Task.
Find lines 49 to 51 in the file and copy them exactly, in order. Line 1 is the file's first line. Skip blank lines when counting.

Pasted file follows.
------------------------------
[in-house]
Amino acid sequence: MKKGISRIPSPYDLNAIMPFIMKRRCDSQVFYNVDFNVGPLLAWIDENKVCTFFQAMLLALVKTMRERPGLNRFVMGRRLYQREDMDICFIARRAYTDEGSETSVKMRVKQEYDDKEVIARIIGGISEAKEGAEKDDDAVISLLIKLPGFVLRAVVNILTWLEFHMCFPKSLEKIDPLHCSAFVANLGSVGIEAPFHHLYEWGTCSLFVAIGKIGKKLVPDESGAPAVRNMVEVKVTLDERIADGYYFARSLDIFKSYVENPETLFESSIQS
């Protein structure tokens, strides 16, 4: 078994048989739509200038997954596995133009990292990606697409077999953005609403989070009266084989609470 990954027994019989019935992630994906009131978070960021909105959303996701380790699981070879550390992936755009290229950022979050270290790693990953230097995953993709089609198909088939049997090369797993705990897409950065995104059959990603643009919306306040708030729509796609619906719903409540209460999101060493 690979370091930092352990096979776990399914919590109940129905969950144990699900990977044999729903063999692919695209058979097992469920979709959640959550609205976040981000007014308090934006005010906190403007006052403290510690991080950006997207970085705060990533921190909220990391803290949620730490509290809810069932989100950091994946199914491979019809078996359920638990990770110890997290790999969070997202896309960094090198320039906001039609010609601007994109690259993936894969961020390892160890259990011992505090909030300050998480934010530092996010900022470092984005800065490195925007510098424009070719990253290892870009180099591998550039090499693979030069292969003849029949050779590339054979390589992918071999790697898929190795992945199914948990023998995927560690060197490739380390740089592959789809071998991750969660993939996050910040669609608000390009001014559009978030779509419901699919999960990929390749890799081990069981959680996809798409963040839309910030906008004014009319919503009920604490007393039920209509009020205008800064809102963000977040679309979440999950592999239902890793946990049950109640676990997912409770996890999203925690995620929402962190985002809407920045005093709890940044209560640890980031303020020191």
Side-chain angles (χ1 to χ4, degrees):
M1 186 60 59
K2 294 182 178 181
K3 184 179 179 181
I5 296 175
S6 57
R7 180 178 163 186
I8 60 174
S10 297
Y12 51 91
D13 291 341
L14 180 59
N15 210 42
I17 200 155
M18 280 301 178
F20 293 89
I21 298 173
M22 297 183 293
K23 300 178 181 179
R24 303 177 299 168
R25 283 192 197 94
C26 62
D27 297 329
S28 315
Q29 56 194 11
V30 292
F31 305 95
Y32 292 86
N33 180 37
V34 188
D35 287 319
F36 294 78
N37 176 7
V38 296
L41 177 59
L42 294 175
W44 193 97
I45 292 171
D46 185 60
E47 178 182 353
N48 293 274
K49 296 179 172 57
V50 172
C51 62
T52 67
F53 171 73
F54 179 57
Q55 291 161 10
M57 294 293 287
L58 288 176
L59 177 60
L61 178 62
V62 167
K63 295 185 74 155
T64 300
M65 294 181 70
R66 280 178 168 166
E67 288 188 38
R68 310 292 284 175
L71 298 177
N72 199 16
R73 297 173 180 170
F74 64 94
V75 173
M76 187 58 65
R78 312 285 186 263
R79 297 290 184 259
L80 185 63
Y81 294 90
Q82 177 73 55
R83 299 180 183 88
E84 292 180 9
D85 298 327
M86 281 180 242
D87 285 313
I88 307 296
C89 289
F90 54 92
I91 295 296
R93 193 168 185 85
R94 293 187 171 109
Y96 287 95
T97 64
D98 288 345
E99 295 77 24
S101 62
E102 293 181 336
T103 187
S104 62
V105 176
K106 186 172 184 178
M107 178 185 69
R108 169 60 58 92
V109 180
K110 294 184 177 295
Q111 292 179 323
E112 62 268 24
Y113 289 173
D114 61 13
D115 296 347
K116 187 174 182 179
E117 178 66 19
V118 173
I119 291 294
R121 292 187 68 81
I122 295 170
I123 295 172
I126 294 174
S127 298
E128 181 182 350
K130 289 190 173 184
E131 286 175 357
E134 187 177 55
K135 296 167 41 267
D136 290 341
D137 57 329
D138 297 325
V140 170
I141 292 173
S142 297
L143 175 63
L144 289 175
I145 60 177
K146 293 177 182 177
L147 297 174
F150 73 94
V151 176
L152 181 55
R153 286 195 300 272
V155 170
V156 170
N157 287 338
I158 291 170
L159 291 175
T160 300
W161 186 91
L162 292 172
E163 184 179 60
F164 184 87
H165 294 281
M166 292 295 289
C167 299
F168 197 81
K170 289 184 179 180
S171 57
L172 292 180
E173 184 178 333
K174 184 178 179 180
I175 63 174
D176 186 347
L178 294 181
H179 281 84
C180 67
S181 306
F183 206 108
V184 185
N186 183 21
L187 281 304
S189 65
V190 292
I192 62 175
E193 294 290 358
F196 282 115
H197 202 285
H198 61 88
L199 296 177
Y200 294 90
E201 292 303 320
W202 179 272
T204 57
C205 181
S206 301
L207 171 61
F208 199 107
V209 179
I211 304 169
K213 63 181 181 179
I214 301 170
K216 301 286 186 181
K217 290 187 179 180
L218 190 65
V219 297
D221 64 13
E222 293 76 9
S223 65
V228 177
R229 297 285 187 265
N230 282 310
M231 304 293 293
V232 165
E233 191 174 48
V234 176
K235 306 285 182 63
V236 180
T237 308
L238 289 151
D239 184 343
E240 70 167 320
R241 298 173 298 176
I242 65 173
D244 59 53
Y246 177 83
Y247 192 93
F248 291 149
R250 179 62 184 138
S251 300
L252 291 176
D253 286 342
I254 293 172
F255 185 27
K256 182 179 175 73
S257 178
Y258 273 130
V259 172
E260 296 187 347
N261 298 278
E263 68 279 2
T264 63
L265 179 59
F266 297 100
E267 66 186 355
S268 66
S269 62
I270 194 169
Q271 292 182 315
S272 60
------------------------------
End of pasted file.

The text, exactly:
F53 171 73
F54 179 57
Q55 291 161 10